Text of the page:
You said it: One candidate's thoughts on Bay Farm ambulance service

You said it: One candidate's thoughts on Bay Farm ambulance service

Gerard Valbuena Dumuk

Recently I was posed a question by the Harbor Bay Isle board of directors regarding ambulance coverage on Bay Farm Island. The question was as follows:

Since the slow economy has significantly impacted the city’s ability to provide services, there have been various proposals to reduce or eliminate the ambulance service resident at Station 4. The reaction of the residents of Bay Farm Island has been extremely negative due to our natural isolation from the main Island and the large number of seniors that reside here. Currently the service remains unchanged. Do you support the continued permanent assignment of an ambulance to Bay Farm Island?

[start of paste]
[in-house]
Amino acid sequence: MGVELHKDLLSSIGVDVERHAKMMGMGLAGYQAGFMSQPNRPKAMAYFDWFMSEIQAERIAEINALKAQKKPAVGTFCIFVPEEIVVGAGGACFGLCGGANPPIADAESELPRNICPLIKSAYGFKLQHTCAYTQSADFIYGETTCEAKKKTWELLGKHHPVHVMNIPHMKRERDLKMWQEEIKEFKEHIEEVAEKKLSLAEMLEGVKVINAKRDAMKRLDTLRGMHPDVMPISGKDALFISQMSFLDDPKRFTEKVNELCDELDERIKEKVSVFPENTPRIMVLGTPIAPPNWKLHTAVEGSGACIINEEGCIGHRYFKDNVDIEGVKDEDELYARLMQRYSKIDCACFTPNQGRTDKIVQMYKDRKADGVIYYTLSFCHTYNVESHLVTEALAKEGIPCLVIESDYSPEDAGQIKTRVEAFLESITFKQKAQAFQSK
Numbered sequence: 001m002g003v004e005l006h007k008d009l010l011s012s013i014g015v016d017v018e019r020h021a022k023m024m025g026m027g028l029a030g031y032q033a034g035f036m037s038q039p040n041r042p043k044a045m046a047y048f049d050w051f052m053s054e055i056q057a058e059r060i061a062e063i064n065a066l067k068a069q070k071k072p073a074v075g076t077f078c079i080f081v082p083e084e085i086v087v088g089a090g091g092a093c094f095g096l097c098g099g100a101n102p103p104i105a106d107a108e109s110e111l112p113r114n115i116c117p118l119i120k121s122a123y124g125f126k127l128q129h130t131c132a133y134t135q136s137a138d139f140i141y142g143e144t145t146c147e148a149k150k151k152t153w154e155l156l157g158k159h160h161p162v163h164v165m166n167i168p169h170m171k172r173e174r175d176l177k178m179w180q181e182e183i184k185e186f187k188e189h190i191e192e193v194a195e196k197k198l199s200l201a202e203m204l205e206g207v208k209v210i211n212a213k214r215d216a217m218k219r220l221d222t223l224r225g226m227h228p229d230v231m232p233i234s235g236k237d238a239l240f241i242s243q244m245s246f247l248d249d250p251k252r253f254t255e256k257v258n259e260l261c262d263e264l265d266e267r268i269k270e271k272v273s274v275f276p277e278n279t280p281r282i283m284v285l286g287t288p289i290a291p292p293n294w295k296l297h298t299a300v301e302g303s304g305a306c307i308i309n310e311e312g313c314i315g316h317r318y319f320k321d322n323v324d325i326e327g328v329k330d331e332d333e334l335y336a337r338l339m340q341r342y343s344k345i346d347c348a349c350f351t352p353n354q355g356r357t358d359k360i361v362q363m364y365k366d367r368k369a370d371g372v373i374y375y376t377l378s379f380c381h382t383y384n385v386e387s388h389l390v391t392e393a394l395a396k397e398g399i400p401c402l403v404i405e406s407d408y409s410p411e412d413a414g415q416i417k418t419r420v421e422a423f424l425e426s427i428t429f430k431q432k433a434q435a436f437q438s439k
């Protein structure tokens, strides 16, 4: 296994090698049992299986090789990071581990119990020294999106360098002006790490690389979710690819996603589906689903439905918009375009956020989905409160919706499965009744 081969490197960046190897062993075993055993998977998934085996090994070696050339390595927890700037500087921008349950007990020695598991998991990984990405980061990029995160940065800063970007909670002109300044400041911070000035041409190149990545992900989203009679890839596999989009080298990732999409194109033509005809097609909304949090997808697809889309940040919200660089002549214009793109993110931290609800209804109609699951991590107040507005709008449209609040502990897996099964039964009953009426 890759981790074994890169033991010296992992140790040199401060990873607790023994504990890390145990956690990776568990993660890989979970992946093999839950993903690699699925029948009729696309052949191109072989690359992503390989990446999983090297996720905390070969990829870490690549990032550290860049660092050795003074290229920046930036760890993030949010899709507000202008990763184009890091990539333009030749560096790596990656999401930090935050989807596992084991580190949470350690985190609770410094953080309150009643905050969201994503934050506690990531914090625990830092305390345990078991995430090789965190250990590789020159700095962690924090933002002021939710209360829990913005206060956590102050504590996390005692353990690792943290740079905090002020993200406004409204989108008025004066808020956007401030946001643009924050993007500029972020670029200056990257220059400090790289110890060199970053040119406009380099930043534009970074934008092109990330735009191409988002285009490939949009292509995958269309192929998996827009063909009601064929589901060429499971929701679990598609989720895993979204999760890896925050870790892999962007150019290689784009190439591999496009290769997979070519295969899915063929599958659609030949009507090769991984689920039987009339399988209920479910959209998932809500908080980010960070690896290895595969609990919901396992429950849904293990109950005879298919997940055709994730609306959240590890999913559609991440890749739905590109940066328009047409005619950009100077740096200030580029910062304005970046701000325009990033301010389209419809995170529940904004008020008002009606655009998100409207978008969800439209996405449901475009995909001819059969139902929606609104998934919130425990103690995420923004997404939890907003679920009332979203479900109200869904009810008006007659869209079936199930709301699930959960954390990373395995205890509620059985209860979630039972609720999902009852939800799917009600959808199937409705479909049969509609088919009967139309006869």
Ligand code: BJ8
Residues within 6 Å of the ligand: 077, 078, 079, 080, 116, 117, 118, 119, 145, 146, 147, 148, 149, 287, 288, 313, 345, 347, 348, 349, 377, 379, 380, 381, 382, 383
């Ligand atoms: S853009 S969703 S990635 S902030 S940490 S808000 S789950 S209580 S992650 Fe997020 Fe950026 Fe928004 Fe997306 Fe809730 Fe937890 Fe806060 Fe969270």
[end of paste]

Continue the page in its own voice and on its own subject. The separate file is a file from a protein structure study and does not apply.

In order to answer this question appropriately I am going to qualify my answer.

As a firefighter I work for Cal Fire, the the largest multipurpose emergency service and resource protection agency within the United States, with 3,000 employees. My ranger unit alone is responsible for over 1.35 million acres of state responsibility area as well as local responsibility area. Cal Fire is an all risk agency responding to over 300,000 calls for service per year. Along with fire suppression and emergency medical services, we are trained in all aspects of emergency responses.

Formerly a licensed paramedic, I have also spent a number of years working in the private sector for an ambulance company providing advanced life support as well as basic life support transport services to the citizens of Solano County.

And now the answer to a complicated question ...

A delayed response time because of lack of service and coverage to the taxpaying citizens of Alameda's Bay Farm Island is not acceptable. When you call 911 you expect a certain level of response and patient care. The possibility of leaving Bay Farm Island potentially stranded really commands attention.